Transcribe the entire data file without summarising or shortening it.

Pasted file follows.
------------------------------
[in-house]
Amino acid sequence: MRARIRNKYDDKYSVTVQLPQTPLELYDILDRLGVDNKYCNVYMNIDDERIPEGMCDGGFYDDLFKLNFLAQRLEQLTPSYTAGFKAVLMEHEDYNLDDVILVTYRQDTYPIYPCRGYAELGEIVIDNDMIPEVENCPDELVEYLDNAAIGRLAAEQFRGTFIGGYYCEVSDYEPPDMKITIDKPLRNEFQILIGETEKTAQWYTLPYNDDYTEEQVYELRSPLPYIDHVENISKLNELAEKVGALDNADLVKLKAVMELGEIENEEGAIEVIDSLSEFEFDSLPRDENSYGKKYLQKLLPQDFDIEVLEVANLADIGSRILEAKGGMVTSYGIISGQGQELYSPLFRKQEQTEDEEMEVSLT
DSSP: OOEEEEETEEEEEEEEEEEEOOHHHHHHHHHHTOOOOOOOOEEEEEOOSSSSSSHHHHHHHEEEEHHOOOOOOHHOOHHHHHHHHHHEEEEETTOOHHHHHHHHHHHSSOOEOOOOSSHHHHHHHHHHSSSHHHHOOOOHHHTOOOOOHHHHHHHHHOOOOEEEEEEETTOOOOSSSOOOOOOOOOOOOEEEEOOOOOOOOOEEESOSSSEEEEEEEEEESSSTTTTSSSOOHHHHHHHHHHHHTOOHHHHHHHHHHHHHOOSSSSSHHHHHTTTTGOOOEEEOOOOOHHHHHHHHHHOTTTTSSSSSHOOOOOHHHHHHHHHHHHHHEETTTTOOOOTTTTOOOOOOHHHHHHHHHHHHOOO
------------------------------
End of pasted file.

[in-house]
Amino acid sequence: MRARIRNKYDDKYSVTVQLPQTPLELYDILDRLGVDNKYCNVYMNIDDERIPEGMCDGGFYDDLFKLNFLAQRLEQLTPSYTAGFKAVLMEHEDYNLDDVILVTYRQDTYPIYPCRGYAELGEIVIDNDMIPEVENCPDELVEYLDNAAIGRLAAEQFRGTFIGGYYCEVSDYEPPDMKITIDKPLRNEFQILIGETEKTAQWYTLPYNDDYTEEQVYELRSPLPYIDHVENISKLNELAEKVGALDNADLVKLKAVMELGEIENEEGAIEVIDSLSEFEFDSLPRDENSYGKKYLQKLLPQDFDIEVLEVANLADIGSRILEAKGGMVTSYGIISGQGQELYSPLFRKQEQTEDEEMEVSLT
DSSP: OOEEEEETEEEEEEEEEEEEOOHHHHHHHHHHTOOOOOOOOEEEEEOOSSSSSSHHHHHHHEEEEHHOOOOOOHHOOHHHHHHHHHHEEEEETTOOHHHHHHHHHHHSSOOEOOOOSSHHHHHHHHHHSSSHHHHOOOOHHHTOOOOOHHHHHHHHHOOOOEEEEEEETTOOOOSSSOOOOOOOOOOOOEEEEOOOOOOOOOEEESOSSSEEEEEEEEEESSSTTTTSSSOOHHHHHHHHHHHHTOOHHHHHHHHHHHHHOOSSSSSHHHHHTTTTGOOOEEEOOOOOHHHHHHHHHHOTTTTSSSSSHOOOOOHHHHHHHHHHHHHHEETTTTOOOOTTTTOOOOOOHHHHHHHHHHHHOOO